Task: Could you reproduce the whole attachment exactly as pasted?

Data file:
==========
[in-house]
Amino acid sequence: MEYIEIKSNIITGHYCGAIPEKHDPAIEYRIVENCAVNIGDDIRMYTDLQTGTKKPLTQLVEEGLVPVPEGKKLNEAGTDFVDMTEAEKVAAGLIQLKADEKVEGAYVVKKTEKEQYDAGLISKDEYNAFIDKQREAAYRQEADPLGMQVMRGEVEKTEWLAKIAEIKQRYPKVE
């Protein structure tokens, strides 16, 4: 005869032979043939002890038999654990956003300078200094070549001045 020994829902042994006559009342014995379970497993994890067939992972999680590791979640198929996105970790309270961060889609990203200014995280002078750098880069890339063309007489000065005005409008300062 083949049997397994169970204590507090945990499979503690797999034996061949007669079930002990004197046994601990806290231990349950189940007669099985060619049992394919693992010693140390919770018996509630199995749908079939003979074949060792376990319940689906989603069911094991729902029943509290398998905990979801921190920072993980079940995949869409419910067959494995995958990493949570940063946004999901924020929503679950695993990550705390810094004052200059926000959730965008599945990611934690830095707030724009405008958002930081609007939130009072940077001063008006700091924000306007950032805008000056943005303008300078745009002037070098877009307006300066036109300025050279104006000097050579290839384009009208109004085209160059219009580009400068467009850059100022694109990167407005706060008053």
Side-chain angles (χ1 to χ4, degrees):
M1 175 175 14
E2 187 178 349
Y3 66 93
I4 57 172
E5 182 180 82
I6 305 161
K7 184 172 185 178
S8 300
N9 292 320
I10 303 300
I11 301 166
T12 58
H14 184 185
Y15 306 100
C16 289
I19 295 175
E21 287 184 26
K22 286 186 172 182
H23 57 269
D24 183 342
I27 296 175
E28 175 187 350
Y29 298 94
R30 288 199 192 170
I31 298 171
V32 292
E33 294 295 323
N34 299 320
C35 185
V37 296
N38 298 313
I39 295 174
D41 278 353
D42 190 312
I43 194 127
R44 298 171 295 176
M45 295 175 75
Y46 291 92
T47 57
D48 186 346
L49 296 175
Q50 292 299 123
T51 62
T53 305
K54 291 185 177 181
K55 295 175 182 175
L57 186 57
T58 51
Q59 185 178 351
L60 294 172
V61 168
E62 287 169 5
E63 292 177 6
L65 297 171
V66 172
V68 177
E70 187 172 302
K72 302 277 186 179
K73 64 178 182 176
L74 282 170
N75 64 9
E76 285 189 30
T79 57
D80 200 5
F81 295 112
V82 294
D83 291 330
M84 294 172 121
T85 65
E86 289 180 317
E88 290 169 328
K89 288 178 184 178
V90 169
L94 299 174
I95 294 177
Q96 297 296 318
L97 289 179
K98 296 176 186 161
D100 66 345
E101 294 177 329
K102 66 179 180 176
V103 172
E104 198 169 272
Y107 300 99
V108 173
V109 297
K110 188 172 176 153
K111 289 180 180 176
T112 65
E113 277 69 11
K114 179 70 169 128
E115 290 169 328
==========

[in-house]
Amino acid sequence: MEYIEIKSNIITGHYCGAIPEKHDPAIEYRIVENCAVNIGDDIRMYTDLQTGTKKPLTQLVEEGLVPVPEGKKLNEAGTDFVDMTEAEKVAAGLIQLKADEKVEGAYVVKKTEKEQYDAGLISKDEYNAFIDKQREAAYRQEADPLGMQVMRGEVEKTEWLAKIAEIKQRYPKVE
């Protein structure tokens, strides 16, 4: 005869032979043939002890038999654990956003300078200094070549001045 020994829902042994006559009342014995379970497993994890067939992972999680590791979640198929996105970790309270961060889609990203200014995280002078750098880069890339063309007489000065005005409008300062 083949049997397994169970204590507090945990499979503690797999034996061949007669079930002990004197046994601990806290231990349950189940007669099985060619049992394919693992010693140390919770018996509630199995749908079939003979074949060792376990319940689906989603069911094991729902029943509290398998905990979801921190920072993980079940995949869409419910067959494995995958990493949570940063946004999901924020929503679950695993990550705390810094004052200059926000959730965008599945990611934690830095707030724009405008958002930081609007939130009072940077001063008006700091924000306007950032805008000056943005303008300078745009002037070098877009307006300066036109300025050279104006000097050579290839384009009208109004085209160059219009580009400068467009850059100022694109990167407005706060008053």
Side-chain angles (χ1 to χ4, degrees):
M1 175 175 14
E2 187 178 349
Y3 66 93
I4 57 172
E5 182 180 82
I6 305 161
K7 184 172 185 178
S8 300
N9 292 320
I10 303 300
I11 301 166
T12 58
H14 184 185
Y15 306 100
C16 289
I19 295 175
E21 287 184 26
K22 286 186 172 182
H23 57 269
D24 183 342
I27 296 175
E28 175 187 350
Y29 298 94
R30 288 199 192 170
I31 298 171
V32 292
E33 294 295 323
N34 299 320
C35 185
V37 296
N38 298 313
I39 295 174
D41 278 353
D42 190 312
I43 194 127
R44 298 171 295 176
M45 295 175 75
Y46 291 92
T47 57
D48 186 346
L49 296 175
Q50 292 299 123
T51 62
T53 305
K54 291 185 177 181
K55 295 175 182 175
L57 186 57
T58 51
Q59 185 178 351
L60 294 172
V61 168
E62 287 169 5
E63 292 177 6
L65 297 171
V66 172
V68 177
E70 187 172 302
K72 302 277 186 179
K73 64 178 182 176
L74 282 170
N75 64 9
E76 285 189 30
T79 57
D80 200 5
F81 295 112
V82 294
D83 291 330
M84 294 172 121
T85 65
E86 289 180 317
E88 290 169 328
K89 288 178 184 178
V90 169
L94 299 174
I95 294 177
Q96 297 296 318
L97 289 179
K98 296 176 186 161
D100 66 345
E101 294 177 329
K102 66 179 180 176
V103 172
E104 198 169 272
Y107 300 99
V108 173
V109 297
K110 188 172 176 153
K111 289 180 180 176
T112 65
E113 277 69 11
K114 179 70 169 128
E115 290 169 328